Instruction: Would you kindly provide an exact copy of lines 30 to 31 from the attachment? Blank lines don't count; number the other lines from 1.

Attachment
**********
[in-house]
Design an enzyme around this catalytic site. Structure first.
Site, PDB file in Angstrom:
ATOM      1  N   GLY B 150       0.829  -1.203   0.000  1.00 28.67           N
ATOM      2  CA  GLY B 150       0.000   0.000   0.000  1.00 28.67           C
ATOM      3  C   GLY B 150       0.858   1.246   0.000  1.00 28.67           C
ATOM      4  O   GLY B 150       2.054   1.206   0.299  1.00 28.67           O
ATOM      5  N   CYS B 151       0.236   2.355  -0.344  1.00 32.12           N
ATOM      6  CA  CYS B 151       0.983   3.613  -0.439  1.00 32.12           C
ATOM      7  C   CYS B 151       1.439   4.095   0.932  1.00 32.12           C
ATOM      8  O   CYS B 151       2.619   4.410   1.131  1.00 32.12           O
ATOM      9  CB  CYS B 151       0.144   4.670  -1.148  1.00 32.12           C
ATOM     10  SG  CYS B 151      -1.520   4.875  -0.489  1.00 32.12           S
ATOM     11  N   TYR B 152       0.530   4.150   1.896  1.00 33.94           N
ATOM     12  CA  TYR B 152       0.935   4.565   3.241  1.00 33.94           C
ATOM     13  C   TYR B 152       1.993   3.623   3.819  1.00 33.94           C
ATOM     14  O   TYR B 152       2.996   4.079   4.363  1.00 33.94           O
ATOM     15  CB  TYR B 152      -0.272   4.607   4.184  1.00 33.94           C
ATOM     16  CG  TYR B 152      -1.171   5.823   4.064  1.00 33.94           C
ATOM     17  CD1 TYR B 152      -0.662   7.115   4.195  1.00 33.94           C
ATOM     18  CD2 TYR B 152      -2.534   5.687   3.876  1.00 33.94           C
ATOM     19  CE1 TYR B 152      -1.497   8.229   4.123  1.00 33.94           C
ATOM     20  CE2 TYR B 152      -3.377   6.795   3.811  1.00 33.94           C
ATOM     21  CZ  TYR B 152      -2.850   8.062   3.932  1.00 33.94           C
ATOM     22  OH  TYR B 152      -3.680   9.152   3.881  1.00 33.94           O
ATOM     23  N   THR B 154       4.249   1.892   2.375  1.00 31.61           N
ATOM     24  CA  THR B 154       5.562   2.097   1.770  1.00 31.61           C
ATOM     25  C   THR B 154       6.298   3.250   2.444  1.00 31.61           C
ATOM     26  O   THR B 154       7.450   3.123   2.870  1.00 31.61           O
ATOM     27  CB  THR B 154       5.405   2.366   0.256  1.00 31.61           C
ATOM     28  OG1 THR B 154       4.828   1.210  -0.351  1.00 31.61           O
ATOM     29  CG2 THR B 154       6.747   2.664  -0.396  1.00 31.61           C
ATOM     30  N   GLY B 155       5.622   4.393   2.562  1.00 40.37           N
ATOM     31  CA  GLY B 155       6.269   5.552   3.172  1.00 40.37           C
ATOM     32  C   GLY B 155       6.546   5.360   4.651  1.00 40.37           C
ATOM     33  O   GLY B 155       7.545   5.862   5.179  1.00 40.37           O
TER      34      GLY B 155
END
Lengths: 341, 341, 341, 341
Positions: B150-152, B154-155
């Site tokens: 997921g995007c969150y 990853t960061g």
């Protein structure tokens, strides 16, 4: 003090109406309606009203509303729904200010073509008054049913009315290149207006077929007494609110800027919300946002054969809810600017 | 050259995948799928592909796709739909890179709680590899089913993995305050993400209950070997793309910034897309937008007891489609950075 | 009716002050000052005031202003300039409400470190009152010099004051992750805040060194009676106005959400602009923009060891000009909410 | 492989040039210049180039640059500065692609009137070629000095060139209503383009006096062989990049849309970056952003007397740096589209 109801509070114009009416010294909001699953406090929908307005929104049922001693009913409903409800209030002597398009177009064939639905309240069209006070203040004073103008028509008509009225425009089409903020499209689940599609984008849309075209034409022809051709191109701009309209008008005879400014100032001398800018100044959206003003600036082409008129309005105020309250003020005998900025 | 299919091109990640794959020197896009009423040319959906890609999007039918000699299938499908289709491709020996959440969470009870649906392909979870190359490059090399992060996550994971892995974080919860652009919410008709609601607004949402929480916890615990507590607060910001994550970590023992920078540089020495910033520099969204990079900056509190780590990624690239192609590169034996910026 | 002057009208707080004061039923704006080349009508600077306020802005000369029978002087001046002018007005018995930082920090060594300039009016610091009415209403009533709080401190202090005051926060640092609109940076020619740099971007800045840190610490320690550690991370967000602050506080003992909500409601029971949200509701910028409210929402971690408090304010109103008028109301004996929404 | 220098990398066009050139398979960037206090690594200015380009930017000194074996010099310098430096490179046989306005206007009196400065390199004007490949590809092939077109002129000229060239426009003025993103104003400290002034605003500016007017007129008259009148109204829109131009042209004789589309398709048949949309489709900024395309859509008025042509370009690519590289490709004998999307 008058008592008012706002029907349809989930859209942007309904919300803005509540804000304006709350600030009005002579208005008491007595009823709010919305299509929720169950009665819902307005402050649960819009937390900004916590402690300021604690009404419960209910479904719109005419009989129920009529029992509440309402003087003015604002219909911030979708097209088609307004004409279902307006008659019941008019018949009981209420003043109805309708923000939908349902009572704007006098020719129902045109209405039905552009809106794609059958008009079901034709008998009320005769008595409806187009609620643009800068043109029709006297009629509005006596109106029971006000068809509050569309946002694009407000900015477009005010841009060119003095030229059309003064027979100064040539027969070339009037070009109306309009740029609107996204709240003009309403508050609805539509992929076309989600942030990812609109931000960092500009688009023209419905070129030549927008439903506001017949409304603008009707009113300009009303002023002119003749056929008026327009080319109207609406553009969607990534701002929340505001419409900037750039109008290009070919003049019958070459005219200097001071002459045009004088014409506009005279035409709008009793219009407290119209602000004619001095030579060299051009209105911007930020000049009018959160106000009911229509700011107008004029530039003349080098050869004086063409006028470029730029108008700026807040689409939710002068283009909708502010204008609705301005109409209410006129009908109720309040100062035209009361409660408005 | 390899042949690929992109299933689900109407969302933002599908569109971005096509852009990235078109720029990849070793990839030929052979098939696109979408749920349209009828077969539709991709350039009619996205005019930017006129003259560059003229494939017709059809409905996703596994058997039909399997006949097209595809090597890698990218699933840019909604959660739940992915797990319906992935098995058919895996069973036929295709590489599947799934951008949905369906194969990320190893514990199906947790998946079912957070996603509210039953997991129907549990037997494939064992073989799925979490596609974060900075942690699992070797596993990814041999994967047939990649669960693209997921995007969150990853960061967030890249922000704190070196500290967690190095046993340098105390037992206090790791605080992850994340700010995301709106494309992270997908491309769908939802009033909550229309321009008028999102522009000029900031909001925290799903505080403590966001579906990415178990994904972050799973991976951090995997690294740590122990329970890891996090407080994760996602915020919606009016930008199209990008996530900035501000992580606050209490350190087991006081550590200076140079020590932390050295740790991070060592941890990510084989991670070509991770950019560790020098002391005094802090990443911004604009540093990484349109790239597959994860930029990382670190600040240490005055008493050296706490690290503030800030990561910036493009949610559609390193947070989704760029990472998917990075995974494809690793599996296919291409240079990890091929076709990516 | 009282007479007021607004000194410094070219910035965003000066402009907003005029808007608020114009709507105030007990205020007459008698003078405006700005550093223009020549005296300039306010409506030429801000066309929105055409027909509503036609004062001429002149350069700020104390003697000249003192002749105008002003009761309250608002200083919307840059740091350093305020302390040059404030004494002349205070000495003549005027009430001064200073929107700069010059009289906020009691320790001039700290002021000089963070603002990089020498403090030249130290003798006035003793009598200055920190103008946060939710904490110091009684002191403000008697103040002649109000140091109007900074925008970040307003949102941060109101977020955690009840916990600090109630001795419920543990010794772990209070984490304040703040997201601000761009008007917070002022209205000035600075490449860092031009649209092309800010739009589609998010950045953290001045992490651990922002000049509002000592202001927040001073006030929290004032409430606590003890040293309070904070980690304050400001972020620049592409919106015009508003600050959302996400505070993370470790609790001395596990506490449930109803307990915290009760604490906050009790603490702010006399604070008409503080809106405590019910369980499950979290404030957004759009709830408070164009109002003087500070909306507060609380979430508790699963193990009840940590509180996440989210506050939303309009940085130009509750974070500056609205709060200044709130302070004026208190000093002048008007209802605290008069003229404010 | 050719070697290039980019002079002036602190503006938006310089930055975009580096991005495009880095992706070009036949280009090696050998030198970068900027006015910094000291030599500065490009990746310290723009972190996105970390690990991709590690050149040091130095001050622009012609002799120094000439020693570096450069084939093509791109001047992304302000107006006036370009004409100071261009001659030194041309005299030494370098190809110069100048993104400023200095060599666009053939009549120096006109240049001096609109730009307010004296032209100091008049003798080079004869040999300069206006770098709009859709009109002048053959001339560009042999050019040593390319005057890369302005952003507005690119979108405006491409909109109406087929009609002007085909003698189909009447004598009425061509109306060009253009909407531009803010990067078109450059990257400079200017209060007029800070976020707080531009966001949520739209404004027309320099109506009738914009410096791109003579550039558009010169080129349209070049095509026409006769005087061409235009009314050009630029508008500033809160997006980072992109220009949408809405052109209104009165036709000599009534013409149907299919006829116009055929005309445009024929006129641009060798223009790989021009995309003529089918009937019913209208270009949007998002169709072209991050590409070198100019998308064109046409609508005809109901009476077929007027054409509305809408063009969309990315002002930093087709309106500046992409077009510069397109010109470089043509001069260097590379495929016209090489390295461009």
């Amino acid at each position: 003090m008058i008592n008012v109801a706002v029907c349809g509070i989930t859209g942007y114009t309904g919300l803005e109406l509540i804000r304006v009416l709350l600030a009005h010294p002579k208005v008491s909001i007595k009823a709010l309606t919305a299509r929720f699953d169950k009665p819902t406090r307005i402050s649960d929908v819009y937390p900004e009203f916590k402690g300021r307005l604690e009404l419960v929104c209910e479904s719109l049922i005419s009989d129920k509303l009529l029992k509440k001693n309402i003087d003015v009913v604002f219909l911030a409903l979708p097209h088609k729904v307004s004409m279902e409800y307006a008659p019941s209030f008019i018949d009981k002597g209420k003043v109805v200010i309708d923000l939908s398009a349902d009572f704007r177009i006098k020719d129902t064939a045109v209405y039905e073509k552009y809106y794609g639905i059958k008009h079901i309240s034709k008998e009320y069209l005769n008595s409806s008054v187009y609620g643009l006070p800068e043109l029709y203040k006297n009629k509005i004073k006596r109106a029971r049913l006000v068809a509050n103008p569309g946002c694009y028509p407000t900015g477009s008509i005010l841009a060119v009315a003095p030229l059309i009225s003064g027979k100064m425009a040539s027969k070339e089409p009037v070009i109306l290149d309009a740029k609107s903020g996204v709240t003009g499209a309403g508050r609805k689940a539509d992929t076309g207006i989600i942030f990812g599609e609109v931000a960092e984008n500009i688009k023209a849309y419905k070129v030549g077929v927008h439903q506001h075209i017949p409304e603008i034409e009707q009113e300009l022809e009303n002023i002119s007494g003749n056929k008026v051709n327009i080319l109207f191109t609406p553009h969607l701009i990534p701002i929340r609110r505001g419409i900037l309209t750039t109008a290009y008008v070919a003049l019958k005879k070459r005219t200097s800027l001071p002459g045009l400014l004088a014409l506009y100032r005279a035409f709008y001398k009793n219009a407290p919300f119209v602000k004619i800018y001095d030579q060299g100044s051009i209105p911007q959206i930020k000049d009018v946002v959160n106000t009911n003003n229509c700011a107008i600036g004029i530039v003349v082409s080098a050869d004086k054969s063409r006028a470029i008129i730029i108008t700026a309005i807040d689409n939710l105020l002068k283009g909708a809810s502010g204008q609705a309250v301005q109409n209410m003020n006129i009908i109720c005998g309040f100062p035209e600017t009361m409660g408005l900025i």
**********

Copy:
ATOM     27  CB  THR B 154       5.405   2.366   0.256  1.00 31.61           C
ATOM     28  OG1 THR B 154       4.828   1.210  -0.351  1.00 31.61           O